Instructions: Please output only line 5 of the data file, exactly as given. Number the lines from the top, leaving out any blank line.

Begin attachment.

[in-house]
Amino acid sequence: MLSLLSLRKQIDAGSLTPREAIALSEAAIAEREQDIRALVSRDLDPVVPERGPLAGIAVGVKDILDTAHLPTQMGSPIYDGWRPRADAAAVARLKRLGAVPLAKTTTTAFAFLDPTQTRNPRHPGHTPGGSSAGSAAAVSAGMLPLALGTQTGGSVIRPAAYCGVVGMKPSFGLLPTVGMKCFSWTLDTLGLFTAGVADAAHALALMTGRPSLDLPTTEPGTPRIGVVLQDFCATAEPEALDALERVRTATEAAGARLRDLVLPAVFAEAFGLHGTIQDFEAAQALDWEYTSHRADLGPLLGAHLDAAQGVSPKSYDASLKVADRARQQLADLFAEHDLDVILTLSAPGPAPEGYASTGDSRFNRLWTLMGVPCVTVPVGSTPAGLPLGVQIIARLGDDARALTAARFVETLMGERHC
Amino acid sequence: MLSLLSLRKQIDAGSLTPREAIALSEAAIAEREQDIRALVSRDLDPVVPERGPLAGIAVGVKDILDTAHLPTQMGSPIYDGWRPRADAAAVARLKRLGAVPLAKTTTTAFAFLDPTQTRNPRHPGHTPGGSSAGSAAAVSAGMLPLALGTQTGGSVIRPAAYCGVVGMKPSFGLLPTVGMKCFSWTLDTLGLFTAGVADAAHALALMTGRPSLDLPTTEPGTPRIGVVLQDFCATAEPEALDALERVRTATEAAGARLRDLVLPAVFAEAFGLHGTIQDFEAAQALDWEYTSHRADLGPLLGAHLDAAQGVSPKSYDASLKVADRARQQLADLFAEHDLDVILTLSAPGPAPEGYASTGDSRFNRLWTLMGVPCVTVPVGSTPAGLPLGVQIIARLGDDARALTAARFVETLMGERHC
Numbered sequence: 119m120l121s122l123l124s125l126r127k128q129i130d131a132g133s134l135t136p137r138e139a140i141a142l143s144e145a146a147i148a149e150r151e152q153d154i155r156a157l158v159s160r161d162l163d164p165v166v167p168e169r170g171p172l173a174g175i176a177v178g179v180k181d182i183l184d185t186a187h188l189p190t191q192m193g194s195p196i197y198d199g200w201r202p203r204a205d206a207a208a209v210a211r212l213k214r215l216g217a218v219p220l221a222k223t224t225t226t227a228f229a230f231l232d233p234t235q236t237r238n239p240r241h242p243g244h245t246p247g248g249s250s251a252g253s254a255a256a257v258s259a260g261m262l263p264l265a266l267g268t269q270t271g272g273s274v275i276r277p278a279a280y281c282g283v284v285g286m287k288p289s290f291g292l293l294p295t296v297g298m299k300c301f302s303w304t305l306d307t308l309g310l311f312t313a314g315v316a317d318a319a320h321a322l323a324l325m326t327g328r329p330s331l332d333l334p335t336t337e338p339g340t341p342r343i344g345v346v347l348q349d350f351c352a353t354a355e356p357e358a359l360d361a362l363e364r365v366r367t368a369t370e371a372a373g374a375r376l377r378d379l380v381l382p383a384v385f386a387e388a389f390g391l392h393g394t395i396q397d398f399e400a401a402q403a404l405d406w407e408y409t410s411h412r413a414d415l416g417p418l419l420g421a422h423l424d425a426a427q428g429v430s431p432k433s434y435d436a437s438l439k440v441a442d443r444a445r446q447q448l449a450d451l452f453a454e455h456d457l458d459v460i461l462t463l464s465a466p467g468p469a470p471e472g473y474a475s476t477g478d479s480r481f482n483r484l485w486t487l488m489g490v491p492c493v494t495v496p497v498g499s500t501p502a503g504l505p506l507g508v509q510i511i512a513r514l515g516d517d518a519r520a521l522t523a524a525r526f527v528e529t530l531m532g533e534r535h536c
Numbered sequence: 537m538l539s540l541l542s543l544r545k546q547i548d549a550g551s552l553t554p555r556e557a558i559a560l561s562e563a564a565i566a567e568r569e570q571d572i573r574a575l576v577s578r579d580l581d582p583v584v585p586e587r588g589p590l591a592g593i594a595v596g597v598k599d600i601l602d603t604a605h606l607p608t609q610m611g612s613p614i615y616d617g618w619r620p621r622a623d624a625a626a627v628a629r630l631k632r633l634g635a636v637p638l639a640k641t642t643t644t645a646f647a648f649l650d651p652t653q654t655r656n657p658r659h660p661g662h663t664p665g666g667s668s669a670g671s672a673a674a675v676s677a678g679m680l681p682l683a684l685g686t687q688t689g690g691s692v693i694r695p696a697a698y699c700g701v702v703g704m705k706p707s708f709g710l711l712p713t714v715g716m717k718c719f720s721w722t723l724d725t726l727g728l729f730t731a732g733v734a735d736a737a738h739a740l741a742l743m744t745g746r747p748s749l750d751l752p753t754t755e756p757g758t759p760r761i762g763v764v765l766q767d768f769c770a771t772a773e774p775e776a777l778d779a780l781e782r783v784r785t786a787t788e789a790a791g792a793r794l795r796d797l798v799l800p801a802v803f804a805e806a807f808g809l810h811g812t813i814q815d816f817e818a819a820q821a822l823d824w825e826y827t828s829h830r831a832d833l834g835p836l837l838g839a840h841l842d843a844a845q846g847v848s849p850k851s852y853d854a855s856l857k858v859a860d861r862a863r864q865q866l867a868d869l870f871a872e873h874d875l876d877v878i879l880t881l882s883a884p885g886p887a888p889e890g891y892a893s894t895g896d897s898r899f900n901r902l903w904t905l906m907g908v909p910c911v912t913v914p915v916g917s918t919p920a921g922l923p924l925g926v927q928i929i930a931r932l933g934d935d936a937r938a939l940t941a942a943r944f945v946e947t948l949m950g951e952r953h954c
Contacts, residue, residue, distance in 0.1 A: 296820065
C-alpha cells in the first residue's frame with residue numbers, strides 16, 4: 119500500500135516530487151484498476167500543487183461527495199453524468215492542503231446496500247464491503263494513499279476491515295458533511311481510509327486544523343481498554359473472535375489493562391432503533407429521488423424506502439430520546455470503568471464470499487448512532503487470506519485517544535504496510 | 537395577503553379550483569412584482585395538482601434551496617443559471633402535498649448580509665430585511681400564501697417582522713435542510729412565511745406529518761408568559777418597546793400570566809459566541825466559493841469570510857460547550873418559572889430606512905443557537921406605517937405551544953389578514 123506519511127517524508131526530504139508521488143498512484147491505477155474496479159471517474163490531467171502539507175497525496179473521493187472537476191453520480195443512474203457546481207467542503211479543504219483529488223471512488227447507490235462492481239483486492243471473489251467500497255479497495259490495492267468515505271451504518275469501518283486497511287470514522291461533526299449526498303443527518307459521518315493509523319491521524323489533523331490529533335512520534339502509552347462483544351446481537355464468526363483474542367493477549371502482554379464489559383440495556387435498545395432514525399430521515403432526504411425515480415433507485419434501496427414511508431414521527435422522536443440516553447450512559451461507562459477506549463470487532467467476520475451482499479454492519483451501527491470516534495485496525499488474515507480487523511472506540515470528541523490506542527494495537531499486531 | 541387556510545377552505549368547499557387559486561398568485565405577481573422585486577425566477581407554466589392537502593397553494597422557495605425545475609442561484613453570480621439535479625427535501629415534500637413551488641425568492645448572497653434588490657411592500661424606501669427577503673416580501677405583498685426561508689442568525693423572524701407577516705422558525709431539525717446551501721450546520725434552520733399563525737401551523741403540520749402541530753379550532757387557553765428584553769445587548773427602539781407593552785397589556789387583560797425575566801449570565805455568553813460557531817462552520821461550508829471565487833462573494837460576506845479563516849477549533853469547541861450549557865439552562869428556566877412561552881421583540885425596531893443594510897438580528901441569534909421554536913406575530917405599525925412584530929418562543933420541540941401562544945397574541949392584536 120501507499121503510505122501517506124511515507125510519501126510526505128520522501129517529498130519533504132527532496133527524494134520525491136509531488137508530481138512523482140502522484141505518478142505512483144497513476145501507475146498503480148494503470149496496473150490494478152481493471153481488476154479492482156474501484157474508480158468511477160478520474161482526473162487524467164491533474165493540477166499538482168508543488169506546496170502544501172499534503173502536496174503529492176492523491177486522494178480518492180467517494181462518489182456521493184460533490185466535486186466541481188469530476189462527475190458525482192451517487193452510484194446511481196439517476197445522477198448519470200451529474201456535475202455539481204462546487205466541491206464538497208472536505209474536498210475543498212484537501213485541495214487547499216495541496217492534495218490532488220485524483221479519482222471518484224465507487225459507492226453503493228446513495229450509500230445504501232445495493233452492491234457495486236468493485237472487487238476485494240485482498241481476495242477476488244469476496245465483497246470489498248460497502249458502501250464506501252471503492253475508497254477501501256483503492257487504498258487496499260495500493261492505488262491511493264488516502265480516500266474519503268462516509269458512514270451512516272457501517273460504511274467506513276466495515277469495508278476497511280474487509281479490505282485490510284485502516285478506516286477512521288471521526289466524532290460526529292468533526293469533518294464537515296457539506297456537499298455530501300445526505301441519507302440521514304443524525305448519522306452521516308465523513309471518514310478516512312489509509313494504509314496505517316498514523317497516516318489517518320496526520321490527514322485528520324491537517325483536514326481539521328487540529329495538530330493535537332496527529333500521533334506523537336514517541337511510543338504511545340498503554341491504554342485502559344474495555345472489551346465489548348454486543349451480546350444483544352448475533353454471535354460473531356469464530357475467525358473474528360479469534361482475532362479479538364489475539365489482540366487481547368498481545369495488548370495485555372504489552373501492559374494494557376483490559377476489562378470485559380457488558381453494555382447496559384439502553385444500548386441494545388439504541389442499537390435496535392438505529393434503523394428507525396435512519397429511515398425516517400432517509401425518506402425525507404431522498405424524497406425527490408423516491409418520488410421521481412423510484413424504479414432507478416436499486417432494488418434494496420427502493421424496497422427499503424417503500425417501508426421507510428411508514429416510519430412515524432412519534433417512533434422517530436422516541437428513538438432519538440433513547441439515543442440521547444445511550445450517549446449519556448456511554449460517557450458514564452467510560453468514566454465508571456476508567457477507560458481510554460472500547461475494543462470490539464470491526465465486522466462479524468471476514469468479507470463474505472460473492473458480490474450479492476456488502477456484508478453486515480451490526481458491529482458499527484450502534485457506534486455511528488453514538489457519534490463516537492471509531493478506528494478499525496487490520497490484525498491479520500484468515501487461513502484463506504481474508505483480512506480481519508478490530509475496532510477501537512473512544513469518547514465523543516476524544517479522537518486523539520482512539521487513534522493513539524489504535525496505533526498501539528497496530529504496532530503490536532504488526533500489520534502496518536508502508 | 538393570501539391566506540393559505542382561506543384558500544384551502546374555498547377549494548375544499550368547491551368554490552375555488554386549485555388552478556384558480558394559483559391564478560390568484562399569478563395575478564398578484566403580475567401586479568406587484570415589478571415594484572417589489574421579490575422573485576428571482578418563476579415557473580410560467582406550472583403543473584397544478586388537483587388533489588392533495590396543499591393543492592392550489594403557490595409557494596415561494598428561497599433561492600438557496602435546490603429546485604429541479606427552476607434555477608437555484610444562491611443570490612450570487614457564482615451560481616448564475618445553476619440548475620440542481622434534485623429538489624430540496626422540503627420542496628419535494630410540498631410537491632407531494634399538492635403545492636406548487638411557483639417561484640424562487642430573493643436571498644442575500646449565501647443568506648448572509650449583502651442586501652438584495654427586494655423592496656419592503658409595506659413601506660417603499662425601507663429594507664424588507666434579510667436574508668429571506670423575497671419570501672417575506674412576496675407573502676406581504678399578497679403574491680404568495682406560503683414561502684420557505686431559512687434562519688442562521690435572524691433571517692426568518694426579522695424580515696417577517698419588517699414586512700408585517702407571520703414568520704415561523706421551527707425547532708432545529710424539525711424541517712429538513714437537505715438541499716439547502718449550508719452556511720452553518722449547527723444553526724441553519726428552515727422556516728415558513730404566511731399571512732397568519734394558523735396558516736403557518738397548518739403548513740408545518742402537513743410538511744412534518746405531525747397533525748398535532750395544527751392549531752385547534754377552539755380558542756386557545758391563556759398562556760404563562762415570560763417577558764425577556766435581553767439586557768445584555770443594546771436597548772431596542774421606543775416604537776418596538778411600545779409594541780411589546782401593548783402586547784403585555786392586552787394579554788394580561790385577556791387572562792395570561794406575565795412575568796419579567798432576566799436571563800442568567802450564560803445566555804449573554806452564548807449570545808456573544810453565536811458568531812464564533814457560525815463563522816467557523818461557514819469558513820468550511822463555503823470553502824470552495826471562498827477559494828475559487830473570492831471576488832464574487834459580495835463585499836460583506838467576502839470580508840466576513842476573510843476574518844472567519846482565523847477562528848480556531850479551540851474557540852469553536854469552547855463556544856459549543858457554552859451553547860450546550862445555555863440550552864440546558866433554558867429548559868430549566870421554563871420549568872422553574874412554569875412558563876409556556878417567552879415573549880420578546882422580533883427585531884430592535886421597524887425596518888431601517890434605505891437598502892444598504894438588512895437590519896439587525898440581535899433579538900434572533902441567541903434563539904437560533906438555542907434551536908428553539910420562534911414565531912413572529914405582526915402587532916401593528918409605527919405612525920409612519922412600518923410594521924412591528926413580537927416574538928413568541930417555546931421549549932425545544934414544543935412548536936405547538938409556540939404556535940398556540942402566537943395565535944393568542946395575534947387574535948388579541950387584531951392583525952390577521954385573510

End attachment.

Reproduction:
Numbered sequence: 537m538l539s540l541l542s543l544r545k546q547i548d549a550g551s552l553t554p555r556e557a558i559a560l561s562e563a564a565i566a567e568r569e570q571d572i573r574a575l576v577s578r579d580l581d582p583v584v585p586e587r588g589p590l591a592g593i594a595v596g597v598k599d600i601l602d603t604a605h606l607p608t609q610m611g612s613p614i615y616d617g618w619r620p621r622a623d624a625a626a627v628a629r630l631k632r633l634g635a636v637p638l639a640k641t642t643t644t645a646f647a648f649l650d651p652t653q654t655r656n657p658r659h660p661g662h663t664p665g666g667s668s669a670g671s672a673a674a675v676s677a678g679m680l681p682l683a684l685g686t687q688t689g690g691s692v693i694r695p696a697a698y699c700g701v702v703g704m705k706p707s708f709g710l711l712p713t714v715g716m717k718c719f720s721w722t723l724d725t726l727g728l729f730t731a732g733v734a735d736a737a738h739a740l741a742l743m744t745g746r747p748s749l750d751l752p753t754t755e756p757g758t759p760r761i762g763v764v765l766q767d768f769c770a771t772a773e774p775e776a777l778d779a780l781e782r783v784r785t786a787t788e789a790a791g792a793r794l795r796d797l798v799l800p801a802v803f804a805e806a807f808g809l810h811g812t813i814q815d816f817e818a819a820q821a822l823d824w825e826y827t828s829h830r831a832d833l834g835p836l837l838g839a840h841l842d843a844a845q846g847v848s849p850k851s852y853d854a855s856l857k858v859a860d861r862a863r864q865q866l867a868d869l870f871a872e873h874d875l876d877v878i879l880t881l882s883a884p885g886p887a888p889e890g891y892a893s894t895g896d897s898r899f900n901r902l903w904t905l906m907g908v909p910c911v912t913v914p915v916g917s918t919p920a921g922l923p924l925g926v927q928i929i930a931r932l933g934d935d936a937r938a939l940t941a942a943r944f945v946e947t948l949m950g951e952r953h954c